19. 19. Vinet AF, Fukuda M, Turco SJ, Descoteaux A. The Leishmania donovani lipophosphoglycan excludes the vesicular proton-ATPase from phagosomes by impairing the recruitment of Synaptotagmin V. PLoS Pathog. 2009;5(10).
  20. 20. Forestier CL, MacHu C, Loussert C, Pescher P, Späth GF. Imaging host cell-leishmania interaction dynamics implicates parasite motility, lysosome recruitment, and host cell wounding in the infection process. Cell Host Microbe. 2011;9(4):319–30. pmid:21501831
  21. 21. Späth GF, Schlesinger P, Schreiber R, Beverley SM. A novel role for stat1 in phagosome acidification and natural host resistance to intracellular infection by leishmania majors. PLoS Pathog. 2009;5(4).
  22. 22. Hahn EF, Pasternak GW. Naloxonazine, a potent, long-lasting inhibitor of opiate binding sites. Life Sci. 1982;31(12–13):1385–8. pmid:6292633
  23. 23. Napier RJ, Rafi W, Cheruvu M, Powell KR, Zaunbrecher MA, Bornmann W, et al. Imatinib-Sensitive Tyrosine Kinases Regulate Mycobacterial Pathogenesis and Represent Therapeutic Targets against Tuberculosis. Cell Host Microbe, Elsevier Inc.; 2011;10(5):475–85. pmid:22100163
  24. 24. Zumla A, Maeurer M. Host-Directed Therapies for Tackling Multi-Drug Resistant Tuberculosis: Learning From the Pasteur-Bechamp Debates: Table 1. Clin Infect Dis, 2015;61(9):1432–8. pmid:26219693
  25. 25. Wallis RS, Hafner R. Advancing host-directed therapy for tuberculosis. Nat Rev Immunol, 2015;15(March):1–9.
  26. 26. Prussia A, Thepchatri P, Snyder JP, Plemper RK. Systematic approaches towards the development of host-directed antiviral therapeutics. Int J Mol Sci. 2011;12(6):4027–52. pmid:21747723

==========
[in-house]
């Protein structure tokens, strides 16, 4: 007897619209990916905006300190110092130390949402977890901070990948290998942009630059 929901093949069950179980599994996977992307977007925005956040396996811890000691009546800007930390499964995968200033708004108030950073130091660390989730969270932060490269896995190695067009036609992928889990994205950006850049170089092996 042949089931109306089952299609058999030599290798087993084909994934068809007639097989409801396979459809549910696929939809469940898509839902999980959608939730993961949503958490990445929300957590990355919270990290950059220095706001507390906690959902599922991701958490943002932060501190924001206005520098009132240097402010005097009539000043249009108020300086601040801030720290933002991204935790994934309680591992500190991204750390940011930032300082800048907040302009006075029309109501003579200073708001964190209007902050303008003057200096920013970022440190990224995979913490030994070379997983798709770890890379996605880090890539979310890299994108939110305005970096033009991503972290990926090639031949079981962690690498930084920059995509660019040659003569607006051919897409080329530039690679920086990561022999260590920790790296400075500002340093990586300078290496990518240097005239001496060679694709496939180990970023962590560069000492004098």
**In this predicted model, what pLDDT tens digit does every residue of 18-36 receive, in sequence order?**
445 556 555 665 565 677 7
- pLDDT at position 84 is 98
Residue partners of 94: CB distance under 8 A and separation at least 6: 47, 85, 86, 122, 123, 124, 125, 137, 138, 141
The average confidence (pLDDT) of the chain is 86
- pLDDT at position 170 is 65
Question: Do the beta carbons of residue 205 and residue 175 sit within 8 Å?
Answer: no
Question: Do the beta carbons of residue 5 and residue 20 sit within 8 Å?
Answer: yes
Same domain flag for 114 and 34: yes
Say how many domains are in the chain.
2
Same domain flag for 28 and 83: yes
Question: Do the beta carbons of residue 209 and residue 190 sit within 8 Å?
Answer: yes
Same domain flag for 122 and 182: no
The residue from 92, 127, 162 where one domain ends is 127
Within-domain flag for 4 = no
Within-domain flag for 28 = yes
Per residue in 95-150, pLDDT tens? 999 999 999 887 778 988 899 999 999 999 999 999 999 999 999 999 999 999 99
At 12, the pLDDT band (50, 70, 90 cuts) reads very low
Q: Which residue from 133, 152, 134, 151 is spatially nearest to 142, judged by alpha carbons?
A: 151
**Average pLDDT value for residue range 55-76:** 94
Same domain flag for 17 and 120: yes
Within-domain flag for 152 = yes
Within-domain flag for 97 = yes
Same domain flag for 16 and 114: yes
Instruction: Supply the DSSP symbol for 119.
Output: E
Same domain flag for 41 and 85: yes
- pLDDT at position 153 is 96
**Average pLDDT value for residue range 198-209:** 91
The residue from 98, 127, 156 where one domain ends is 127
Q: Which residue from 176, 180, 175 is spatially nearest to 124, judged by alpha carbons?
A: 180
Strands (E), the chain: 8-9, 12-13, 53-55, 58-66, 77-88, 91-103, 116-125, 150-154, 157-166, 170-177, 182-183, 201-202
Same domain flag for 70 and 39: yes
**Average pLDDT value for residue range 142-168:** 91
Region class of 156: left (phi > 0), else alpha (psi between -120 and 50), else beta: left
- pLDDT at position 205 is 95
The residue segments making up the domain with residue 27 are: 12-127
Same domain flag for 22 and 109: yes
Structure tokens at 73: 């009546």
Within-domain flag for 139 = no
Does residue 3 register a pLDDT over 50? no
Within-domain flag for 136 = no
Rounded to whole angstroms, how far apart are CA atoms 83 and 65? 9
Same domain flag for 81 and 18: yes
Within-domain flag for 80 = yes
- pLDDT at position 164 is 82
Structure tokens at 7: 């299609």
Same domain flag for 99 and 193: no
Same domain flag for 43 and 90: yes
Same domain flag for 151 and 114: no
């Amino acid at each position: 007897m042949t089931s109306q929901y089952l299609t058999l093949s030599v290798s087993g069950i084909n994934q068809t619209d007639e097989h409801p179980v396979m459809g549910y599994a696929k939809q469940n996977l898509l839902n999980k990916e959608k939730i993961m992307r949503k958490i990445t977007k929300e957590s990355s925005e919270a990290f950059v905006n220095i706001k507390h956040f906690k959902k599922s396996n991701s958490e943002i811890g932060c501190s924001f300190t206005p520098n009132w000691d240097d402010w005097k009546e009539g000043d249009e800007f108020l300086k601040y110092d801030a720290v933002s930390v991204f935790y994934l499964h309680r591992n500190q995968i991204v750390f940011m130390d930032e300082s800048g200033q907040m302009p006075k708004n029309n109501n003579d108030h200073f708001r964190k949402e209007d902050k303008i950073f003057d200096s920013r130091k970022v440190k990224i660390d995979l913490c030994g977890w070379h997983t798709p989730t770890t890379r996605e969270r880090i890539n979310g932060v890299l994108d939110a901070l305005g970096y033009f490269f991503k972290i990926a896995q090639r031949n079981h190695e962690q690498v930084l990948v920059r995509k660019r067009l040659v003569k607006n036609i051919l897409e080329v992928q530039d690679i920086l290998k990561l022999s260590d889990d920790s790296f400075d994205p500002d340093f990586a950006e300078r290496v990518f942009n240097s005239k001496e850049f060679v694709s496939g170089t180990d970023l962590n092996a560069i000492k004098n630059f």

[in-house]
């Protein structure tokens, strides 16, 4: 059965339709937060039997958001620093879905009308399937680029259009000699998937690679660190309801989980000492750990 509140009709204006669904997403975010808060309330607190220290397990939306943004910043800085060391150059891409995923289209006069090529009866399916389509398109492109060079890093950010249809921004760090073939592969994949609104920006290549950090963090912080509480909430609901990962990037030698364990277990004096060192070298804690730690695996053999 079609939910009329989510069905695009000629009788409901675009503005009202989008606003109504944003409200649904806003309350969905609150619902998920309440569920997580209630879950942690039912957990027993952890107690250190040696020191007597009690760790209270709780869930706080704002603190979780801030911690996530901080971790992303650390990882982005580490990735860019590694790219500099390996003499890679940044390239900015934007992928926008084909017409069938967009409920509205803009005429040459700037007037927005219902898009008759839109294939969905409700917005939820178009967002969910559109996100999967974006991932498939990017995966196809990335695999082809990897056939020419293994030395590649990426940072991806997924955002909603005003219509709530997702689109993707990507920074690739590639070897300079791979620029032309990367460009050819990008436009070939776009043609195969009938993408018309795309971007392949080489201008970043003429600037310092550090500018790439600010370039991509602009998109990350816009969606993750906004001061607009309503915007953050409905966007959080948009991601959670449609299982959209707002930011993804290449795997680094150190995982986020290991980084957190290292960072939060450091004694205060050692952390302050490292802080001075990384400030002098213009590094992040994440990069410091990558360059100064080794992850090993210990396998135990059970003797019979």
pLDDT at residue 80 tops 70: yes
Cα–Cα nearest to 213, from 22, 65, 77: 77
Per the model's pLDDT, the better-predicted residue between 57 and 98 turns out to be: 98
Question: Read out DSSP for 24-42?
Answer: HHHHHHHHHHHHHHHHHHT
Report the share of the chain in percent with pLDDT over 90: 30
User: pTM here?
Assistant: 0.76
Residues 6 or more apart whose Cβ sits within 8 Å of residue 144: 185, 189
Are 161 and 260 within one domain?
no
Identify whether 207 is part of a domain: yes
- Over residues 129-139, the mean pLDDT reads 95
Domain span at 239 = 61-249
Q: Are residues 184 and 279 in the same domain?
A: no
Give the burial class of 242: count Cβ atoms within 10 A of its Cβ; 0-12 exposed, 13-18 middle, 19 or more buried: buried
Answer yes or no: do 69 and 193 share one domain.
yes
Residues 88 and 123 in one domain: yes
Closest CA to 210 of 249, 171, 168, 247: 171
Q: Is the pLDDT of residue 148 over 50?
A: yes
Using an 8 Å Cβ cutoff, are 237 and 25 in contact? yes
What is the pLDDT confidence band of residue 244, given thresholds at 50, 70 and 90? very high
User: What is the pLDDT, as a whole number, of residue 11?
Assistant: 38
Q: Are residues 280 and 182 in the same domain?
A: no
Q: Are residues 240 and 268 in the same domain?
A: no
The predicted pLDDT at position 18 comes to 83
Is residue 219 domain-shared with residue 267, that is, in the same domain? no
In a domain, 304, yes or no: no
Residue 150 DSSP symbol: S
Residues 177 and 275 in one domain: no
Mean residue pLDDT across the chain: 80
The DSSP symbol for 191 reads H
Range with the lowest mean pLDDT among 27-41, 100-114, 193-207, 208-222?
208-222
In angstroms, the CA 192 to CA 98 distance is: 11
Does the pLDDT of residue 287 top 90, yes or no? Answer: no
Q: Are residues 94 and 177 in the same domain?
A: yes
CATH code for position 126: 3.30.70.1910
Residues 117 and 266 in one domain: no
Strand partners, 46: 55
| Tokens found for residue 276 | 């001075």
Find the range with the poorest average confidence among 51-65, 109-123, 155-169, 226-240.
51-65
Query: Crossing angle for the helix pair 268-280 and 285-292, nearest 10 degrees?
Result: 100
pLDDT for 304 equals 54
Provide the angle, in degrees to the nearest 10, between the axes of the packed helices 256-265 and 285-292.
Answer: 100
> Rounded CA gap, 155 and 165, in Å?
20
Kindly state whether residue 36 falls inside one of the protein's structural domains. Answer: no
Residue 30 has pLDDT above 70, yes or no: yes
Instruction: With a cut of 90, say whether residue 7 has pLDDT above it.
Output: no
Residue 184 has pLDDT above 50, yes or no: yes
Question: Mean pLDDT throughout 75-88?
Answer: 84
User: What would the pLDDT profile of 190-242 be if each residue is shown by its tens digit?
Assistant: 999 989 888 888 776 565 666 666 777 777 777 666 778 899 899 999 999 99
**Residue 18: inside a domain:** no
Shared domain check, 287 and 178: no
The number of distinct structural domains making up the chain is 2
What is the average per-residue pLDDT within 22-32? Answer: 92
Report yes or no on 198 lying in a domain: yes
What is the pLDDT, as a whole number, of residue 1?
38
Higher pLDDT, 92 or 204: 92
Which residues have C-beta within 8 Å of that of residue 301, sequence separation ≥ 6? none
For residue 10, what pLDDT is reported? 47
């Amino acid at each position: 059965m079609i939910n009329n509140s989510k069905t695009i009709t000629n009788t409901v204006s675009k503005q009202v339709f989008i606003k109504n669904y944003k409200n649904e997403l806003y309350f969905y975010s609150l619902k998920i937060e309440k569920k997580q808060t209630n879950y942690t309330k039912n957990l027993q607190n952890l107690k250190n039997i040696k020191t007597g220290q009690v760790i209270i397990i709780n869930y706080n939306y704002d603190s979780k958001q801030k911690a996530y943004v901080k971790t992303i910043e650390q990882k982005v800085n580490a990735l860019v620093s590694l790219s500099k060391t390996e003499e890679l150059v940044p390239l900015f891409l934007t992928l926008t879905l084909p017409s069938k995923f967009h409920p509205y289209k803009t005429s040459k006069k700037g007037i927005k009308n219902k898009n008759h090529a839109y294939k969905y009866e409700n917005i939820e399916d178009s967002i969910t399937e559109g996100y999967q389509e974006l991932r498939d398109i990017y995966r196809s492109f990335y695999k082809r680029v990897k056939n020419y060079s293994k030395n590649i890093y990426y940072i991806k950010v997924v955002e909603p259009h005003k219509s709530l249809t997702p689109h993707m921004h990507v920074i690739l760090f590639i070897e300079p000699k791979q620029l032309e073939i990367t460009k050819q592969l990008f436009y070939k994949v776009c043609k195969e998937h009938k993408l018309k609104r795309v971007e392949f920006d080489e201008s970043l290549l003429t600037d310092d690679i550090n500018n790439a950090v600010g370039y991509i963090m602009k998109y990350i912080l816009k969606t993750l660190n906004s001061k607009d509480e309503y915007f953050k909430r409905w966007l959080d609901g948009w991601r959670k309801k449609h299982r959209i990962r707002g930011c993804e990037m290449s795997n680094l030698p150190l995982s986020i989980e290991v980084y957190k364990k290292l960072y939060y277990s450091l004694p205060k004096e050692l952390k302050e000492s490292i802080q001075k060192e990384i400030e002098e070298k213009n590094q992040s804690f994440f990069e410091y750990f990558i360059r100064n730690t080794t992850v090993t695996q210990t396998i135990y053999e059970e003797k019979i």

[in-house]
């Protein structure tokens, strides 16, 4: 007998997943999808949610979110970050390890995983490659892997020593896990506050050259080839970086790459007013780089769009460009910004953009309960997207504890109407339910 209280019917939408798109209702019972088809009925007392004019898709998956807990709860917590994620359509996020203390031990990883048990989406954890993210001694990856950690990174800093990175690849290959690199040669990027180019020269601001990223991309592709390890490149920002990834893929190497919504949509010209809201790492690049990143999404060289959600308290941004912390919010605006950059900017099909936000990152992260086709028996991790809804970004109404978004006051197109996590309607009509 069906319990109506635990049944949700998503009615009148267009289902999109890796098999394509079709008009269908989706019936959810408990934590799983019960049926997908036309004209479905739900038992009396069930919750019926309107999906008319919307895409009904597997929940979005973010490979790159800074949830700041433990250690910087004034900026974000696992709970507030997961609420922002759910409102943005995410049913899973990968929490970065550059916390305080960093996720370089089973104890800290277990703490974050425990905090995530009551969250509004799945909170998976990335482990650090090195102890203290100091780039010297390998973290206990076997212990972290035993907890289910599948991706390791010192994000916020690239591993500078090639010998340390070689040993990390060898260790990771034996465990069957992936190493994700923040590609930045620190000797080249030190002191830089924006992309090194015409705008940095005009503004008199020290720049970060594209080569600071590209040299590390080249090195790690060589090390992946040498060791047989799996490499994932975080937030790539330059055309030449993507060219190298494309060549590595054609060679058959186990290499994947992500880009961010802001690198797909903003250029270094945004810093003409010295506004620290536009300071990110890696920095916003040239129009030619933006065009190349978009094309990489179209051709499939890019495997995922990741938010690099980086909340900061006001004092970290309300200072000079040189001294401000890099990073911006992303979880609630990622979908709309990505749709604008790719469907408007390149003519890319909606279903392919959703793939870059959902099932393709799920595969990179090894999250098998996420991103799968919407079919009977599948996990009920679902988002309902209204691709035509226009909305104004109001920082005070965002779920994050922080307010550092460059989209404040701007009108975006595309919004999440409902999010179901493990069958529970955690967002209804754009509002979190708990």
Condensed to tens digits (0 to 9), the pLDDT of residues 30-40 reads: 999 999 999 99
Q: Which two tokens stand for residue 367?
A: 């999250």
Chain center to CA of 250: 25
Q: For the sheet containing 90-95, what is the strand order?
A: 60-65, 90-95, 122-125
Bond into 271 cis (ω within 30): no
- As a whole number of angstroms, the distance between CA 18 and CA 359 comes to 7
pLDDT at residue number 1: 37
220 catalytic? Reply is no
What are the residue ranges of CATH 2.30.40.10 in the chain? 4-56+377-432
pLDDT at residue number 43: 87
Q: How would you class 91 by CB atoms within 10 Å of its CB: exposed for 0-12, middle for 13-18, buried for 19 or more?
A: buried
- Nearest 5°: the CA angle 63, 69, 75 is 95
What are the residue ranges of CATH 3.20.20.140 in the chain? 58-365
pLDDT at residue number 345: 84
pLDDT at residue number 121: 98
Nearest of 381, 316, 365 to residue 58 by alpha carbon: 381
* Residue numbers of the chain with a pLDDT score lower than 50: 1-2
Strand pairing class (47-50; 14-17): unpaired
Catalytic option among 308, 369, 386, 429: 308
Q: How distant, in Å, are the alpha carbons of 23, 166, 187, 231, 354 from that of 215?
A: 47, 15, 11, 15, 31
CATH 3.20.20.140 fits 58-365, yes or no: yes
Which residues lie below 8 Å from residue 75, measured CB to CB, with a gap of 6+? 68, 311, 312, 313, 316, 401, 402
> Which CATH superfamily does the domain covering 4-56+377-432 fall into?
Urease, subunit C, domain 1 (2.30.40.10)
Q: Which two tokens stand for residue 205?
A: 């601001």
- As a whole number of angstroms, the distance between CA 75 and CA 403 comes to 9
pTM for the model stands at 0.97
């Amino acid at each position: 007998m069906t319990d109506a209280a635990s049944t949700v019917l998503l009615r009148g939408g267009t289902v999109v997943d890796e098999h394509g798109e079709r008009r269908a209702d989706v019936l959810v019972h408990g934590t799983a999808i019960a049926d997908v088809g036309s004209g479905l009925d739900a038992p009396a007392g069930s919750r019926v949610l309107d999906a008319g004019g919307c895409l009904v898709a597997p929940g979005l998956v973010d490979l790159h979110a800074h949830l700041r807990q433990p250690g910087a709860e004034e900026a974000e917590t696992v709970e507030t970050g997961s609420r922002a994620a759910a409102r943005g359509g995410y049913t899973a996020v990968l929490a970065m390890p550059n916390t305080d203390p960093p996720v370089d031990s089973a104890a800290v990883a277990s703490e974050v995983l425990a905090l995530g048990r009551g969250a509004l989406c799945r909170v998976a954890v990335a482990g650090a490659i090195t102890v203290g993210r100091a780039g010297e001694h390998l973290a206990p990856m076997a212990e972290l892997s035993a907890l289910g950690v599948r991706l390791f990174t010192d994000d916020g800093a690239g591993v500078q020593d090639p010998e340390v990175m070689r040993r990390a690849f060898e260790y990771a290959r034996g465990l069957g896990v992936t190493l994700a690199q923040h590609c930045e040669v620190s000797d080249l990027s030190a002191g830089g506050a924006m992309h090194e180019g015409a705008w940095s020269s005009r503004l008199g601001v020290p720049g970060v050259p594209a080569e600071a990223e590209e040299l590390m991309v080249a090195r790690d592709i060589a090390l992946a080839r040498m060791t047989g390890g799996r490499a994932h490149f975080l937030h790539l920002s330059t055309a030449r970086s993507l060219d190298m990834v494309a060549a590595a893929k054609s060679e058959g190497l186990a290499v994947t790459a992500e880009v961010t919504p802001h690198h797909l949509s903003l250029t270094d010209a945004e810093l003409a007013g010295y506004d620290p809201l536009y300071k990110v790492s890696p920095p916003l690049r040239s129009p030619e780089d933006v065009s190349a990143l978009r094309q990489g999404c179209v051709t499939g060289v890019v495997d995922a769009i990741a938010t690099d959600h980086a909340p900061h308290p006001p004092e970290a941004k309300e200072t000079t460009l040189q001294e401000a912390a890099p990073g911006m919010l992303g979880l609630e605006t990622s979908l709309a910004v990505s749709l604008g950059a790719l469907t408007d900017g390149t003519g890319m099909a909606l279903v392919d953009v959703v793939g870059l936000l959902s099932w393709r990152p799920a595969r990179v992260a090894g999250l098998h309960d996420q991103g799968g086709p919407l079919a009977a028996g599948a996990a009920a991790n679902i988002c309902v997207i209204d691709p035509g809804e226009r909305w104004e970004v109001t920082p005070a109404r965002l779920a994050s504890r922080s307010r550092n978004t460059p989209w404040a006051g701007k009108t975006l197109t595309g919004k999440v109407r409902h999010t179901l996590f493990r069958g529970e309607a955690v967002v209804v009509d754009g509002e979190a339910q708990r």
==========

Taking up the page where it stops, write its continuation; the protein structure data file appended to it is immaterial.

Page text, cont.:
27. 27. Vanaerschot M, Dumetz F, Roy S, Ponte-Sucre A, Arevalo J DJ. Treatment failure in leishmaniasis: drug-resistance or another (epi-) phenotype? Expert Rev Anti Infect Ther [Internet]. 2014;
  28. 28. Singh OP, Sundar S. Immunotherapy and targeted therapies in treatment of visceral leishmaniasis: Current status and future prospects. Front Immunol. 2014;5(JUN):1–9.
  29. 29. Roatt BM, Aguiar-Soares RDDO, Coura-Vital W, Ker HG, Moreira NDD, Vitoriano-Souza J, et al. Immunotherapy and immunochemotherapy in visceral leishmaniasis: Promising treatments for this neglected disease. Front Immunol. 2014;5(JUN):1–12.
  30. 30. Vanaerschot M, Decuypere S, Berg M, Roy S, Dujardin J-C. Drug-resistant microorganisms with a higher fitness–can medicines boost pathogens? Crit Rev Microbiol. 2012;39(July):1–11.